start. We’ve trained a lot of men—made a lot of
weapons—built a lot of ships.
But it’s only a start. No man or woman
among us would contend for a single instant
that we’re doing enough note to win this war!
We've Got to Build More!
We broke all records building 8 million tons of
shipping last year. But grim-faced Army and
Navy men will tell you that the 18 MILLION tons
we’re building this year til ill won’t be enough!
We've Got to Fight More!
From now till this war is won, America must be
on the offensive. In ever-increasing numbers,
your sons, brothers, husbands must go into actual
battle. Our losses have already begun to mount
—and they will not grow less.
And We've Got to Buy More
Sure we’re all buying War Bonds now. But we’ve
got to help pay for our increased fighting and
building . , . We’ve got to match, as best we can,
the sacrifice of those Americans who are toiling
and sweating on a dozen battlefronts—with the
bloodiest yet to come. The blunt fact is this: to
keep our war machine going, we’ve got to dig up
13 billion extra dollars this month. 13 billion
dollars over and above our regular War Bond
In the next few weeks you may be visited by
one of the thousands of volunteers who are con
tributing their time and effort to this Drive. But
don’t wait for him. Make up your mind now
that before this drive is over, you’re going to
march right down to your nearest bank, Post
Office, or place where they sell War Bonds, and
do your duty. And don't ever forget this: in doing
your duty, you’re doing yourself one of the big
gest favors of your life!
For United States W'ar Bonds are the greatest
investment in the world—bar none. They're in
vestments tailored to fit your particular situation.
And they give you the chance of a lifetime to
order and pet the kind of world you want to live
in after this war. Every cent you put in War
Bonds now will help to guarantee plenty of peace
time jobs making peace-living for every one of us.
For your Country’s sake—for your oicn sake
—invest all you can!
There Are 7 Different Types of U. S.
Government Securities — Choose
The Ones Best Suited For You:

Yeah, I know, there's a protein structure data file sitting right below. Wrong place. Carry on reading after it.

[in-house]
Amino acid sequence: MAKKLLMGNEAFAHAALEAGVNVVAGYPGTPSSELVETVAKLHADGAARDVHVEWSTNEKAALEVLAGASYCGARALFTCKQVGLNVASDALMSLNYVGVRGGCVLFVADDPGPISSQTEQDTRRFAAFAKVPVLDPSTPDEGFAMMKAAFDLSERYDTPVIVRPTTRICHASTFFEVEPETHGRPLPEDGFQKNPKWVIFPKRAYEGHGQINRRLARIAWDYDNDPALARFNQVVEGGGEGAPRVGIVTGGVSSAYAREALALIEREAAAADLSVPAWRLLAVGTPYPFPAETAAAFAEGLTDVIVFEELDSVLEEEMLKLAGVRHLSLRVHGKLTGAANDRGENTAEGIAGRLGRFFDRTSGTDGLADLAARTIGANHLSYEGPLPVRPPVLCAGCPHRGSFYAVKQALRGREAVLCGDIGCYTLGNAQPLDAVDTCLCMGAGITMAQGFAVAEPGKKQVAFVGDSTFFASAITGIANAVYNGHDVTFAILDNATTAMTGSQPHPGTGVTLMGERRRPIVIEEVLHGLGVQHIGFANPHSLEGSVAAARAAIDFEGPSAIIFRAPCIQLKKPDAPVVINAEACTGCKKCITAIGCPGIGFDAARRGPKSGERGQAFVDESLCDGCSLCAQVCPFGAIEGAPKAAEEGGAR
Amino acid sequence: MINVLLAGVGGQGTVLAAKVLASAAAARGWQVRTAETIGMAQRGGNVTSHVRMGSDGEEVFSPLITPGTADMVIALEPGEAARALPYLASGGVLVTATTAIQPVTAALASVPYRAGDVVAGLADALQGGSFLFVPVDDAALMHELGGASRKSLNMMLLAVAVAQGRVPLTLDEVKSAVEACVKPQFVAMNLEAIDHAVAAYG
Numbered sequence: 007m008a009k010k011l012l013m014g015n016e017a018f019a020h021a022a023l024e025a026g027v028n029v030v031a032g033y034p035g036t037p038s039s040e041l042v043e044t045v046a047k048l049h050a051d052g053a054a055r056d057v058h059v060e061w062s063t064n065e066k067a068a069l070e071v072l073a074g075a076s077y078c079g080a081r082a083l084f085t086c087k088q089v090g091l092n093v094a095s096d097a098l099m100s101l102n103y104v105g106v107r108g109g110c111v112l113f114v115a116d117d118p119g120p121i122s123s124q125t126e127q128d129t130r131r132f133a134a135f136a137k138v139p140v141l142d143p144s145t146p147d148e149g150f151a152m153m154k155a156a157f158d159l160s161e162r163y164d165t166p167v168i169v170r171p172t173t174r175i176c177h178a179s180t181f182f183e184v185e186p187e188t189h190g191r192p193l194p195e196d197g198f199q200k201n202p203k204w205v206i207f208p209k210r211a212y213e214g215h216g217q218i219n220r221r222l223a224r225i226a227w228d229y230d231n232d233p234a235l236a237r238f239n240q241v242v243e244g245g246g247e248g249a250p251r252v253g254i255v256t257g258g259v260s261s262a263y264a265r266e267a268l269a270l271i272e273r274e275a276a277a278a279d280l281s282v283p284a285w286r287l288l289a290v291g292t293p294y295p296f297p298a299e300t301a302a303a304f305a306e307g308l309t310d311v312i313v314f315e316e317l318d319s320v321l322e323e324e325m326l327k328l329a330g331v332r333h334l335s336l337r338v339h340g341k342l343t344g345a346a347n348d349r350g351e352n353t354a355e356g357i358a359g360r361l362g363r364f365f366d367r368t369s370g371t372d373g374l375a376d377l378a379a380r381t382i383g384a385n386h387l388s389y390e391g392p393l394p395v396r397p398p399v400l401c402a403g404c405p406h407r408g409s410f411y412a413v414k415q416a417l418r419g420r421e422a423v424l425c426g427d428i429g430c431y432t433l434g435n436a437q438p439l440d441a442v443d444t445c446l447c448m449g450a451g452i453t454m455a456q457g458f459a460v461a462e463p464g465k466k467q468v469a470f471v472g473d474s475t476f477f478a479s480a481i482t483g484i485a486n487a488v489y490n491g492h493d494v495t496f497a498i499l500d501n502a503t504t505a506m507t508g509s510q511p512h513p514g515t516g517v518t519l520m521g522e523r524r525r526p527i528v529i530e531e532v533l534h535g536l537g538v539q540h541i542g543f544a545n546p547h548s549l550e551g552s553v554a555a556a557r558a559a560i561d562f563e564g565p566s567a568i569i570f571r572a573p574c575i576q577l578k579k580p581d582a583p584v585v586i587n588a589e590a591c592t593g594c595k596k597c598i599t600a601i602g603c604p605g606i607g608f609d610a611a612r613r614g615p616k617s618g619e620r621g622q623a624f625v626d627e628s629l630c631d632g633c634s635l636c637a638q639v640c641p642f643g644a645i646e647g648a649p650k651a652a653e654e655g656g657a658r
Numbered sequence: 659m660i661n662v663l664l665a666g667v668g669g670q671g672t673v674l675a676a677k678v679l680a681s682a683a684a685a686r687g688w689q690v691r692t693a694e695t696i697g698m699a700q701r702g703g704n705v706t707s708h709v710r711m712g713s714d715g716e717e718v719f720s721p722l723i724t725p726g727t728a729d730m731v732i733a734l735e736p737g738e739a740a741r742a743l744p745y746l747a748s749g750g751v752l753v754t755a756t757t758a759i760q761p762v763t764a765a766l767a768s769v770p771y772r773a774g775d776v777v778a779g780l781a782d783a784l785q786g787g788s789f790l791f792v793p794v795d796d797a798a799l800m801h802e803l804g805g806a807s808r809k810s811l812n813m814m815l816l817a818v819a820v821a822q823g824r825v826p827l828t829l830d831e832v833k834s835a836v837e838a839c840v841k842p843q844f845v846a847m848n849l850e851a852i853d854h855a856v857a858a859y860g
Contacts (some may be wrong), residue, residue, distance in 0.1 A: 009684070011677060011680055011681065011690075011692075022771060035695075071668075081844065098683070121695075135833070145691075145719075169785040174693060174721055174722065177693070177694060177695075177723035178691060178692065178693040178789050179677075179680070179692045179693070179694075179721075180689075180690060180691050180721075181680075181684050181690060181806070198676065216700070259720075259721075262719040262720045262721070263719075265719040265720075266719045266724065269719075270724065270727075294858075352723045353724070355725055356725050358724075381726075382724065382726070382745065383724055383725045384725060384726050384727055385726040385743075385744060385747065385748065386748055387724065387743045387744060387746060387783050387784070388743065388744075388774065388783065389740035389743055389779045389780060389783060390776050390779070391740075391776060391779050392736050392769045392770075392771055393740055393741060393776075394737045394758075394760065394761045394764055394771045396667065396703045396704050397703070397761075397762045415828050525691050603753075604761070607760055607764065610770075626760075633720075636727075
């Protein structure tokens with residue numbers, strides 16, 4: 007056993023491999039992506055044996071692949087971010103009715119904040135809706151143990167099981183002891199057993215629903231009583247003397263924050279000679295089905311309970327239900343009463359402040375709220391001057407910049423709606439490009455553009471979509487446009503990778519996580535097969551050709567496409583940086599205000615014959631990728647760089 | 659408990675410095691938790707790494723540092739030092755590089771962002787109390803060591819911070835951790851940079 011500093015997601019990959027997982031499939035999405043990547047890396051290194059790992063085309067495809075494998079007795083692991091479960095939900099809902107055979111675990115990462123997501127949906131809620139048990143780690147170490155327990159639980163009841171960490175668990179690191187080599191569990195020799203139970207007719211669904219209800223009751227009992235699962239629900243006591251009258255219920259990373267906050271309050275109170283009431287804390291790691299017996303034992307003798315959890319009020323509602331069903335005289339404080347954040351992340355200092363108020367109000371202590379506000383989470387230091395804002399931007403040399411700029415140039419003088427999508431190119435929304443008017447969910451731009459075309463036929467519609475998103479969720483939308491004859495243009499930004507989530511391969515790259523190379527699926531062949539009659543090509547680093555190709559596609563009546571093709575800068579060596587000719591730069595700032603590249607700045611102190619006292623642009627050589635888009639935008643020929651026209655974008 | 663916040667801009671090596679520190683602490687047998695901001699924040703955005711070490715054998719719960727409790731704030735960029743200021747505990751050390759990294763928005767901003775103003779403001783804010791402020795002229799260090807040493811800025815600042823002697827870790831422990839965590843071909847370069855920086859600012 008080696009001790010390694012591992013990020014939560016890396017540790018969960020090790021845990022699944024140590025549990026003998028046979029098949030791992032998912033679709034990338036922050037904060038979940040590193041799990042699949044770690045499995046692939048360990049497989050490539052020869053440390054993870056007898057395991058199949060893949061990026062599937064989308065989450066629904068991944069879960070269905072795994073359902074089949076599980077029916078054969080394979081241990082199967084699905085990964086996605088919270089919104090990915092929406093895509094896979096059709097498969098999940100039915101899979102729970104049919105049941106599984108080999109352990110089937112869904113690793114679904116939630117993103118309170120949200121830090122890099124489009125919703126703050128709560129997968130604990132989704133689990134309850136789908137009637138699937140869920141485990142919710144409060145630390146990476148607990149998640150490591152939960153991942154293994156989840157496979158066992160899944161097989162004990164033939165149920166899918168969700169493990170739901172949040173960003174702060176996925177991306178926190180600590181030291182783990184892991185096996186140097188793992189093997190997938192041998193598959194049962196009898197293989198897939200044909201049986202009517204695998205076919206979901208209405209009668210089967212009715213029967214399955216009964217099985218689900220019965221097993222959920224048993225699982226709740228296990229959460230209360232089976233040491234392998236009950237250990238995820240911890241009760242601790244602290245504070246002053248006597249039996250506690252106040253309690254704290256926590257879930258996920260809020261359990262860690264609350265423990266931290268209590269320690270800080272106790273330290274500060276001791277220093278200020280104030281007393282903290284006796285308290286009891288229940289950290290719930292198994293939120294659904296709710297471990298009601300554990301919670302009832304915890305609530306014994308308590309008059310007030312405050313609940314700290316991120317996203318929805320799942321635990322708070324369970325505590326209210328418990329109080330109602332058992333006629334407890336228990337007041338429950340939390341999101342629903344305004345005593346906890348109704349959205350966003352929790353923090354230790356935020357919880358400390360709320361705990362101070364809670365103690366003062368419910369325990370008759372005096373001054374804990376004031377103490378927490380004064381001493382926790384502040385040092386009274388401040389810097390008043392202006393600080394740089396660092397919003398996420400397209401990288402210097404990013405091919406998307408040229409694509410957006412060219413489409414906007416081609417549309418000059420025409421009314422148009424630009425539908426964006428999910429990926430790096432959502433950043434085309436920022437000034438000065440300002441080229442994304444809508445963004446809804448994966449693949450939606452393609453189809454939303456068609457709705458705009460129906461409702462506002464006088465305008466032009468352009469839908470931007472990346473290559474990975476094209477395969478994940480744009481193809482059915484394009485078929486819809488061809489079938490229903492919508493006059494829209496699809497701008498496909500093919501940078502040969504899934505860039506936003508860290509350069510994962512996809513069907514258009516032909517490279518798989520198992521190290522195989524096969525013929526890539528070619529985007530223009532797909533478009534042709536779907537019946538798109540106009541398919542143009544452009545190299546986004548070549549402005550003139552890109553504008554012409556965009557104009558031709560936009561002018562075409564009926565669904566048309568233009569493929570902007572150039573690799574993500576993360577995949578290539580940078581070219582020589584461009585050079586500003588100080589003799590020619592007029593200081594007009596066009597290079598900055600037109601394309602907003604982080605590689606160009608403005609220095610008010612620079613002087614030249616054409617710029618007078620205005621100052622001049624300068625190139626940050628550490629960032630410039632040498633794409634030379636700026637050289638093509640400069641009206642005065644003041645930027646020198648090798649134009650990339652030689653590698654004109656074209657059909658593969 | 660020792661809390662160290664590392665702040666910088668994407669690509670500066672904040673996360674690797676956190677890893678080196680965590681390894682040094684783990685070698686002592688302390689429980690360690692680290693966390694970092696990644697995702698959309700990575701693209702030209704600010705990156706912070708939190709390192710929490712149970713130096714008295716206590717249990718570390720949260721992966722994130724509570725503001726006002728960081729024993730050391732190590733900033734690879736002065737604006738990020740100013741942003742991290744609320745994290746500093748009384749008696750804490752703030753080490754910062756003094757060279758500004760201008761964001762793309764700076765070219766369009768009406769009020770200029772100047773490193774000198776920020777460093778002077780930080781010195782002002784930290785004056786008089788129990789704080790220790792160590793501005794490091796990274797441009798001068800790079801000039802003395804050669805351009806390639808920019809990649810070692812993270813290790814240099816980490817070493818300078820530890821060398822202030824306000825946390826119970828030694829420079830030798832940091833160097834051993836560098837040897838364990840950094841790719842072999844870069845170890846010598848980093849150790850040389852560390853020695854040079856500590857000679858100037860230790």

United States War Savings Bonds—Series E: Thej
perfect investment for individual and family sav
ings. Gives you back $4 for every $3 when the;
Bond matures. Designed especially for the*
smaller investor. Dated 1st day of month in which^
payment is received. Interest: 2.9% a year if held!
to maturity. Denominations: 825, $50, $100,
$500, $1000. Redemption: any time 60 days1
after issue date. Price: 75% of maturity value.
2Va% Treasury Bonds of 1964-1969: Readily
marketahle, acceptable as bank collateral, these
Bonds are ideal investments for trust funds, es
tates and individuals. A special feature provides
that they may he redeemed at par and accrued
interest for the purpose of satisfying Federal es
tate taxes. Dated April 15, 1943; due June 15,
1969. Denominations: $500, 81000, $5000, $10,
000, $100,000—also $1,000,000 if registered.
Redemption: Not callable till June 15, 1964;
thereafter at par and accrued interest on any in
terest date at 4 months’ notice. Subject to Federal
taxes only. Price: par and accrued interest.
Other Securities: Series “C” Tax Notes; %%
Certificates of Indebtedness; 2% Treasury Bonds
of 1950-1952; United States Savings Bonds Series
“F”; United States Savings Bonds Series “G.”
,, . " i
THEY GIVE THEIR LIVES...YOU LEND YOUR MONEY!
J. C. PENNEY COMPANY
O’NEILL NATIONAL BANK
CENTRAL FINANCE CORPORATION
FIRST NATIONAL BANK
O'NEILL DRUG COMPANY
C. E. Stout, Prop.
COUNCIL OAK STORE
O’NEILL LIVESTOCK COM. CO.
the following described real es
tate, to-wit: The East Half of
the Northeast Quarter of Section j
Twenty-one, West Half of the
Southeast Quarter; East Half
of the Southwest Quarter; North
west Quarter; and West Half of
the Southwest Quarter of Section
Twenty-two, All in Township
Twenty-seven, North Range Nine,
West of the 6th P. M., in Holt
County, Nebraska, as against you
and each of you, and to secure
a decree of Court that you have
no interest in, rights or title to,
or lien upon said real estate or
any part thereof.
You are required to answer
said petition on or before the
26th day of April, 1943.
Dated this 17th day of March,
BEN O. McGARITY and
By Julius D. Cronin,
45-4 Their Attorney.
Jim Roojiey, C. E. Lundgren
and son, Roy, went to Omaha on
Deputy Sheriff Bergstrom at
i tended a sheriff’s meeting in Nor
folk on Thursday.
Mrs. Phillip Yarnall of Lyn
wood, Cal., is visiting her parents,
and other relatives and friends
Miss Noreen Murray is confined
to her home with measles.
Pfc. Willard Clausson of Luke
Field, Phoenix. Arizona, is visit
ing his parents, Mr. and Mrs.
Pvt. John Flood of Greeley,
Col., returned Thursday after a